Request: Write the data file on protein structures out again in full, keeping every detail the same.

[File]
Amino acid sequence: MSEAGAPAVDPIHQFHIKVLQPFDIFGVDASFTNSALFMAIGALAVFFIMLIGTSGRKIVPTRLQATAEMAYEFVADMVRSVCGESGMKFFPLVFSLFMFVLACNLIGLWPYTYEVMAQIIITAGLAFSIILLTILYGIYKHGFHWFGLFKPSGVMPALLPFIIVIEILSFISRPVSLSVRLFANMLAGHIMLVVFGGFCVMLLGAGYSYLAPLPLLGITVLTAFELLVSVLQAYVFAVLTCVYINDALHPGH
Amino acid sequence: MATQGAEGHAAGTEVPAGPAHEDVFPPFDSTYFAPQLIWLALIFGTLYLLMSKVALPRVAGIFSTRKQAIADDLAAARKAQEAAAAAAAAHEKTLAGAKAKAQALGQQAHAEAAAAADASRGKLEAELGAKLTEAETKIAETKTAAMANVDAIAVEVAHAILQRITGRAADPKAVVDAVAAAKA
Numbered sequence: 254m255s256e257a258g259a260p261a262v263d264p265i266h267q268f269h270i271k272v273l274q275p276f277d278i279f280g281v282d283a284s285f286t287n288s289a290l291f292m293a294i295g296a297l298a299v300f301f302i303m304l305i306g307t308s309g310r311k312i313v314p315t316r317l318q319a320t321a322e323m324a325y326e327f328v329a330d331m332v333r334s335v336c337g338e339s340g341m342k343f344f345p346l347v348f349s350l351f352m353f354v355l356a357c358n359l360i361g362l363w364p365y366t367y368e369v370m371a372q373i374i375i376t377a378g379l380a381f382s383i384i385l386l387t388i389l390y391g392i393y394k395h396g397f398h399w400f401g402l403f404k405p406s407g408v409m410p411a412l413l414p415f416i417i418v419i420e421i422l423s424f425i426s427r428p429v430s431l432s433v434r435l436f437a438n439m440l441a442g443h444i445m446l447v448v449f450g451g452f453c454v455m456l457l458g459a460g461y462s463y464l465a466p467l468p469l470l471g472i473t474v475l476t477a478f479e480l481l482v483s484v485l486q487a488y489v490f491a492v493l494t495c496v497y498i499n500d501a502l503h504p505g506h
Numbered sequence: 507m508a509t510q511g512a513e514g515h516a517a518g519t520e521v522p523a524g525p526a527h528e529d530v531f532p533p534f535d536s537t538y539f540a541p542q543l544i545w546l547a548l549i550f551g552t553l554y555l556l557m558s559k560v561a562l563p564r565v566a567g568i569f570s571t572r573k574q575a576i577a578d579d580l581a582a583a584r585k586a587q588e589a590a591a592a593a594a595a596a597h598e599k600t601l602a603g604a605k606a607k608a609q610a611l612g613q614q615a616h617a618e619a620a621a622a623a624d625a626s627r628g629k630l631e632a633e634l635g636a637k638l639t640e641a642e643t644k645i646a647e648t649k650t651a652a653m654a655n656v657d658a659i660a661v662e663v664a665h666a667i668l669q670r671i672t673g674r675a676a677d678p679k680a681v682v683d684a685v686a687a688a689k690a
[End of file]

Amino acid sequence: MSEAGAPAVDPIHQFHIKVLQPFDIFGVDASFTNSALFMAIGALAVFFIMLIGTSGRKIVPTRLQATAEMAYEFVADMVRSVCGESGMKFFPLVFSLFMFVLACNLIGLWPYTYEVMAQIIITAGLAFSIILLTILYGIYKHGFHWFGLFKPSGVMPALLPFIIVIEILSFISRPVSLSVRLFANMLAGHIMLVVFGGFCVMLLGAGYSYLAPLPLLGITVLTAFELLVSVLQAYVFAVLTCVYINDALHPGH
Amino acid sequence: MATQGAEGHAAGTEVPAGPAHEDVFPPFDSTYFAPQLIWLALIFGTLYLLMSKVALPRVAGIFSTRKQAIADDLAAARKAQEAAAAAAAAHEKTLAGAKAKAQALGQQAHAEAAAAADASRGKLEAELGAKLTEAETKIAETKTAAMANVDAIAVEVAHAILQRITGRAADPKAVVDAVAAAKA
Numbered sequence: 254m255s256e257a258g259a260p261a262v263d264p265i266h267q268f269h270i271k272v273l274q275p276f277d278i279f280g281v282d283a284s285f286t287n288s289a290l291f292m293a294i295g296a297l298a299v300f301f302i303m304l305i306g307t308s309g310r311k312i313v314p315t316r317l318q319a320t321a322e323m324a325y326e327f328v329a330d331m332v333r334s335v336c337g338e339s340g341m342k343f344f345p346l347v348f349s350l351f352m353f354v355l356a357c358n359l360i361g362l363w364p365y366t367y368e369v370m371a372q373i374i375i376t377a378g379l380a381f382s383i384i385l386l387t388i389l390y391g392i393y394k395h396g397f398h399w400f401g402l403f404k405p406s407g408v409m410p411a412l413l414p415f416i417i418v419i420e421i422l423s424f425i426s427r428p429v430s431l432s433v434r435l436f437a438n439m440l441a442g443h444i445m446l447v448v449f450g451g452f453c454v455m456l457l458g459a460g461y462s463y464l465a466p467l468p469l470l471g472i473t474v475l476t477a478f479e480l481l482v483s484v485l486q487a488y489v490f491a492v493l494t495c496v497y498i499n500d501a502l503h504p505g506h
Numbered sequence: 507m508a509t510q511g512a513e514g515h516a517a518g519t520e521v522p523a524g525p526a527h528e529d530v531f532p533p534f535d536s537t538y539f540a541p542q543l544i545w546l547a548l549i550f551g552t553l554y555l556l557m558s559k560v561a562l563p564r565v566a567g568i569f570s571t572r573k574q575a576i577a578d579d580l581a582a583a584r585k586a587q588e589a590a591a592a593a594a595a596a597h598e599k600t601l602a603g604a605k606a607k608a609q610a611l612g613q614q615a616h617a618e619a620a621a622a623a624d625a626s627r628g629k630l631e632a633e634l635g636a637k638l639t640e641a642e643t644k645i646a647e648t649k650t651a652a653m654a655n656v657d658a659i660a661v662e663v664a665h666a667i668l669q670r671i672t673g674r675a676a677d678p679k680a681v682v683d684a685v686a687a688a689k690a